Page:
- #1

Alexander1

- 13

- 0

## Homework Statement

Hi guys, I'm currently working on a homework question but I'm a little bit stuck although I do know what I'm meant to be doing. My question asks me to find the torque being caused by a beam pulling down on another. I'll explain a little more the context of it - there is one beam (beam 1) spanning across from point A to point B, and one end is attached at the top of point A and the other is attached at the top of point B . Right beside that beam (beam 1) which spans across from point A to point B is another beam (beam 2). This beam however only spans half the way out and one end is attached at the top of point A. Beam 2 is securely attached all the way along beam 1 and is therefore causing it to twist due to the downwards forces.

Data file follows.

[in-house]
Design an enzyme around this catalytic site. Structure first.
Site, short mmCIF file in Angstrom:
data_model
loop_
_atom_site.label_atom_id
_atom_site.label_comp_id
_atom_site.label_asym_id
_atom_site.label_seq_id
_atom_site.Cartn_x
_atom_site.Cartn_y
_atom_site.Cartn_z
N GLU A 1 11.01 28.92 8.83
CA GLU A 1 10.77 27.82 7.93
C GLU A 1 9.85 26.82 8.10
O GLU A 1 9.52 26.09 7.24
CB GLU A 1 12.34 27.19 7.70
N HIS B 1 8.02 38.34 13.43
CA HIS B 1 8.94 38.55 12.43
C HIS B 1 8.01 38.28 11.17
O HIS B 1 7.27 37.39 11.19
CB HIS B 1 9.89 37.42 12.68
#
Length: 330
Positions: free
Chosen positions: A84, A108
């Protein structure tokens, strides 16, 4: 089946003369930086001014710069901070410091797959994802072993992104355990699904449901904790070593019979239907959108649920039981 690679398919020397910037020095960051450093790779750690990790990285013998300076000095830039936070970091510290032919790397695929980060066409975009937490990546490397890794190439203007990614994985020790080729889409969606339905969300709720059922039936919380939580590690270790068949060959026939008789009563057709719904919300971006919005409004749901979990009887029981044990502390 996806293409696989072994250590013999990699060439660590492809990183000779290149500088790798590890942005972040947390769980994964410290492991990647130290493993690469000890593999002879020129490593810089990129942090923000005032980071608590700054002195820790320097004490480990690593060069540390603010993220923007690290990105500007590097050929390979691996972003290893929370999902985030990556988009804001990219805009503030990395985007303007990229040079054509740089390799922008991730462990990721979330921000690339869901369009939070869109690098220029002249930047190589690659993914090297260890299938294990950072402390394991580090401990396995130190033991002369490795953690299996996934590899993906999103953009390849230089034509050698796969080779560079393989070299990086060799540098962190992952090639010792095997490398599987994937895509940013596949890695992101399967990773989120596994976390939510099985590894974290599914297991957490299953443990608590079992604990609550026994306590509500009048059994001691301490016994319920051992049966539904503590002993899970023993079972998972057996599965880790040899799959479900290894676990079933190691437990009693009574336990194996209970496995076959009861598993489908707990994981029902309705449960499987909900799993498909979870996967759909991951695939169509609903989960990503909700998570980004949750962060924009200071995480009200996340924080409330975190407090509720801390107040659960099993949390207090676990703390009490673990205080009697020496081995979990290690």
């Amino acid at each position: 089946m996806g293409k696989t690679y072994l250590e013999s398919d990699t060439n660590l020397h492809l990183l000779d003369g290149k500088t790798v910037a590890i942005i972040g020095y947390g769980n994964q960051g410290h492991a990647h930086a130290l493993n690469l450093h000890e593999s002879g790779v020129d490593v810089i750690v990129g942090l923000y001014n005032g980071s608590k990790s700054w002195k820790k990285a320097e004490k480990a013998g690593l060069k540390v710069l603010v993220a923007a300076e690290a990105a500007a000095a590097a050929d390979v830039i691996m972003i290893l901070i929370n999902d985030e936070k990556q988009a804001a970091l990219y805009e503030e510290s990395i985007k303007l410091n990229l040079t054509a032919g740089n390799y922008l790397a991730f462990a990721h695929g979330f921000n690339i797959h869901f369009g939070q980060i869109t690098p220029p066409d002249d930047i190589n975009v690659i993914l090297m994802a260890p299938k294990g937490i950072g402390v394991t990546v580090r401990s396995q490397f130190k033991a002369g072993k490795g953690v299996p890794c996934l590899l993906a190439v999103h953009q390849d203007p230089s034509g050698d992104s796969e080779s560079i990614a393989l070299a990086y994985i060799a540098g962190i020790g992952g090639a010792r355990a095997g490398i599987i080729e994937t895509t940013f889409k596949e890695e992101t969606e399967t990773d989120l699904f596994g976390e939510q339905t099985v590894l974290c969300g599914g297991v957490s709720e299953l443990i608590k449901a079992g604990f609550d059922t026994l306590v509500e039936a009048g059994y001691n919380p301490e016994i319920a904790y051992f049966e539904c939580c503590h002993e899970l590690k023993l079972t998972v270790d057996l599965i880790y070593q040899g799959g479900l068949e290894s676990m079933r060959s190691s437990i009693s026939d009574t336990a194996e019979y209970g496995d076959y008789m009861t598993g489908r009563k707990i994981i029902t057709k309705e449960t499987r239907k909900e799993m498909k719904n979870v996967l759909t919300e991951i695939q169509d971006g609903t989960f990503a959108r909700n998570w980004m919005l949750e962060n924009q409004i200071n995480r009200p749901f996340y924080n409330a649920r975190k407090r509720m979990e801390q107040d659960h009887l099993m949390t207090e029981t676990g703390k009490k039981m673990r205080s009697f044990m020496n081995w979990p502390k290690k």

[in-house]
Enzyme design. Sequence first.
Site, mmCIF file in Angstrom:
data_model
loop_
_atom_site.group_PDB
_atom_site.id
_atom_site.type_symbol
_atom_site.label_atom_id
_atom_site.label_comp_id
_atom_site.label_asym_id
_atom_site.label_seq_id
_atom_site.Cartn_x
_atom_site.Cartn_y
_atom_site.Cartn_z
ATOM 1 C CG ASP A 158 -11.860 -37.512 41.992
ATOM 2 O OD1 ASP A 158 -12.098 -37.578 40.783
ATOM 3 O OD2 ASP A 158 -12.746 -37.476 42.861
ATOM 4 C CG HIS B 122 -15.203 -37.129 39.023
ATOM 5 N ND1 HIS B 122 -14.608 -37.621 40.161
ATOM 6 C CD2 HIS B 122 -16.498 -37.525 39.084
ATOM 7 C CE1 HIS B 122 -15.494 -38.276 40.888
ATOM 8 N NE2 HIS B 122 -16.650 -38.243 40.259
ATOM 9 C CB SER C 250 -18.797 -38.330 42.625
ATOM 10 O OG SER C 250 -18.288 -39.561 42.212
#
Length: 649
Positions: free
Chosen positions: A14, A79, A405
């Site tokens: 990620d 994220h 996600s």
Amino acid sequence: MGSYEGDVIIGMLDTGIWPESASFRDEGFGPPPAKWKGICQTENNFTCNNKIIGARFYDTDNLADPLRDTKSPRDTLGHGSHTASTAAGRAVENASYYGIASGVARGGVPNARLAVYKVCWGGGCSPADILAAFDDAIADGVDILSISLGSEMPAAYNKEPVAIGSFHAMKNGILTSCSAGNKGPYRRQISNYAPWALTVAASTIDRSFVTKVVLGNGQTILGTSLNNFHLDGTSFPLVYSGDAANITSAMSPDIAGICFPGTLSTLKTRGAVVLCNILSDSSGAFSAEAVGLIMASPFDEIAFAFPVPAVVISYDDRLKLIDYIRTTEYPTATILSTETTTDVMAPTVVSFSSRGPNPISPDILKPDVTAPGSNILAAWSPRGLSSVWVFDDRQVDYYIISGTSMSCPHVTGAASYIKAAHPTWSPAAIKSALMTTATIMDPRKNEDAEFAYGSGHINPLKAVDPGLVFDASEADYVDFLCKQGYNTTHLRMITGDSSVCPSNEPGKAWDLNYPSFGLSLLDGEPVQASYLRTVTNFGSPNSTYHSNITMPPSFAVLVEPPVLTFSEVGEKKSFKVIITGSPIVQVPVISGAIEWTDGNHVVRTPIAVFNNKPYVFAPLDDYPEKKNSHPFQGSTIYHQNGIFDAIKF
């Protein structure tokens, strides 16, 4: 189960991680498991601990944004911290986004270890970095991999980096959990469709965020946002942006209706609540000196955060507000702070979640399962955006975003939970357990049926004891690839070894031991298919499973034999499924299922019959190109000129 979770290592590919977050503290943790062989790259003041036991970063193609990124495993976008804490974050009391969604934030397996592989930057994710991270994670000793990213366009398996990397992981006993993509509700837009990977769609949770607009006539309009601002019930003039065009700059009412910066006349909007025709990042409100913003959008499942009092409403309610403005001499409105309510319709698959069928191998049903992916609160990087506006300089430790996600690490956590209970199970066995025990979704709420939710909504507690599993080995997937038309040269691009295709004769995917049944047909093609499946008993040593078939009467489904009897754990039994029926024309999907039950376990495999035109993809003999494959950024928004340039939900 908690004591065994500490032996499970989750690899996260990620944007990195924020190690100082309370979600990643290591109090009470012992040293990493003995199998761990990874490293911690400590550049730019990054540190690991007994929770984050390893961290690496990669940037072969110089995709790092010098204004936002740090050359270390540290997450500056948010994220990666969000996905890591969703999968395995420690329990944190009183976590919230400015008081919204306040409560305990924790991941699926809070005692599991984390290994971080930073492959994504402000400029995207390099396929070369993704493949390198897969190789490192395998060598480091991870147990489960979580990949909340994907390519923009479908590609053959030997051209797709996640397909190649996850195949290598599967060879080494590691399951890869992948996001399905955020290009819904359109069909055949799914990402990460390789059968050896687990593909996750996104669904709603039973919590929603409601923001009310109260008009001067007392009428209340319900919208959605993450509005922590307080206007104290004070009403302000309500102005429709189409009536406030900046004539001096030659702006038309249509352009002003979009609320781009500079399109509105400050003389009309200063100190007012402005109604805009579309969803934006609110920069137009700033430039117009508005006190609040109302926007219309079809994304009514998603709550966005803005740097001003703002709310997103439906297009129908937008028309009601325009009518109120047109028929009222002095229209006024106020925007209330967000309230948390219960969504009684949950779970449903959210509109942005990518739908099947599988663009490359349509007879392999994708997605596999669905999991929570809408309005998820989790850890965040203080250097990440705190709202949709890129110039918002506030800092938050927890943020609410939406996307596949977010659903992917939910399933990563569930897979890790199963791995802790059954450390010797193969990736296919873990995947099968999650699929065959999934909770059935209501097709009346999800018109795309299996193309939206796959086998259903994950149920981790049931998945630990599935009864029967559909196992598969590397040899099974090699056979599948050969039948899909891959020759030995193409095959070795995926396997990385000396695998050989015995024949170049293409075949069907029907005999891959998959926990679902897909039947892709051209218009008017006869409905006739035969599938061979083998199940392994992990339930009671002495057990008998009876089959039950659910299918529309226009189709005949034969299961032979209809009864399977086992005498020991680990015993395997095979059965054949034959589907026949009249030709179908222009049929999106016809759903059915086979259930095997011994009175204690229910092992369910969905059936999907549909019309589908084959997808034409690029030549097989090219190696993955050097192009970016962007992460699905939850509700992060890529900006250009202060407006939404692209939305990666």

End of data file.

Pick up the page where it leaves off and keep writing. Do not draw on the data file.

## Homework Equations

So far I know that I need to use the formula: Torque=Force x Radius x sinQ

I think that should be all that is involved although I might have to use rotational equilibrium

## The Attempt at a Solution

I have worked out the radius like this: (looking at a cross section of the end of the beams - beam 2 on left and beam 1 on right) I have assumed the pivot is in the centre of beam 1 and the radius is from there to the furthest edge of beam 2. Is this correct or do I need to work it out using rotational equilibrium or something?

sinQ: Would be sin90

Force: I think that I would need to find the reaction force being applied at each end of beam 2 (secured side will be acting up and the side secured to the edge of beam 1 will be acting down). By finding the reaction force that the beam is creating on point A I can then find the reaction force at the other end of beam 2 (I'm not sure how to do that? Or is it equal except negative?) This is what I'm not sure how to do though. I have the weight and length of all of the beams too.

Any help regarding finding the reaction forces and radius would be greatly appreciated.

Thanks, Alex